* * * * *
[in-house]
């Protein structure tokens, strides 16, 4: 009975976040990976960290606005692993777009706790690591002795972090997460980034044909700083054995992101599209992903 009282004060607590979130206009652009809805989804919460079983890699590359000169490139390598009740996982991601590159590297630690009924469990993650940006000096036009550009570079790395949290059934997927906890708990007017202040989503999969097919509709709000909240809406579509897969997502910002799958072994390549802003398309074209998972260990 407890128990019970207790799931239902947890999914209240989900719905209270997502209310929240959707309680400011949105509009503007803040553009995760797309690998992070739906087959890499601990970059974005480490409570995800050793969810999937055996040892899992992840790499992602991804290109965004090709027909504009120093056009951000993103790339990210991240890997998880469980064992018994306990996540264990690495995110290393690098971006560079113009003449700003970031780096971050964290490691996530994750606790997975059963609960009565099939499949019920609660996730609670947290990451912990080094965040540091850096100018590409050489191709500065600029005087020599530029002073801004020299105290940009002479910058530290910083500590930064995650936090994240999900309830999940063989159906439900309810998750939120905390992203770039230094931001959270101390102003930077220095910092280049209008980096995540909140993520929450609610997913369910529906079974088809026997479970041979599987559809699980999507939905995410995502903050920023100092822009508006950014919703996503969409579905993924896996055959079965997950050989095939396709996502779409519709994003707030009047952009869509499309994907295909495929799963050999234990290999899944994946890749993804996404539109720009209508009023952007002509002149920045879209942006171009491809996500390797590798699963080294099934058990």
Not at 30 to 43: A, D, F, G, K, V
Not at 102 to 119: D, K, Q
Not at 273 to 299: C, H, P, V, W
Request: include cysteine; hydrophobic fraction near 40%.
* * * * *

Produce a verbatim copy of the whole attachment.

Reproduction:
[in-house]
């Protein structure tokens, strides 16, 4: 009975976040990976960290606005692993777009706790690591002795972090997460980034044909700083054995992101599209992903 009282004060607590979130206009652009809805989804919460079983890699590359000169490139390598009740996982991601590159590297630690009924469990993650940006000096036009550009570079790395949290059934997927906890708990007017202040989503999969097919509709709000909240809406579509897969997502910002799958072994390549802003398309074209998972260990 407890128990019970207790799931239902947890999914209240989900719905209270997502209310929240959707309680400011949105509009503007803040553009995760797309690998992070739906087959890499601990970059974005480490409570995800050793969810999937055996040892899992992840790499992602991804290109965004090709027909504009120093056009951000993103790339990210991240890997998880469980064992018994306990996540264990690495995110290393690098971006560079113009003449700003970031780096971050964290490691996530994750606790997975059963609960009565099939499949019920609660996730609670947290990451912990080094965040540091850096100018590409050489191709500065600029005087020599530029002073801004020299105290940009002479910058530290910083500590930064995650936090994240999900309830999940063989159906439900309810998750939120905390992203770039230094931001959270101390102003930077220095910092280049209008980096995540909140993520929450609610997913369910529906079974088809026997479970041979599987559809699980999507939905995410995502903050920023100092822009508006950014919703996503969409579905993924896996055959079965997950050989095939396709996502779409519709994003707030009047952009869509499309994907295909495929799963050999234990290999899944994946890749993804996404539109720009209508009023952007002509002149920045879209942006171009491809996500390797590798699963080294099934058990």
Not at 30 to 43: A, D, F, G, K, V
Not at 102 to 119: D, K, Q
Not at 273 to 299: C, H, P, V, W
Request: include cysteine; hydrophobic fraction near 40%.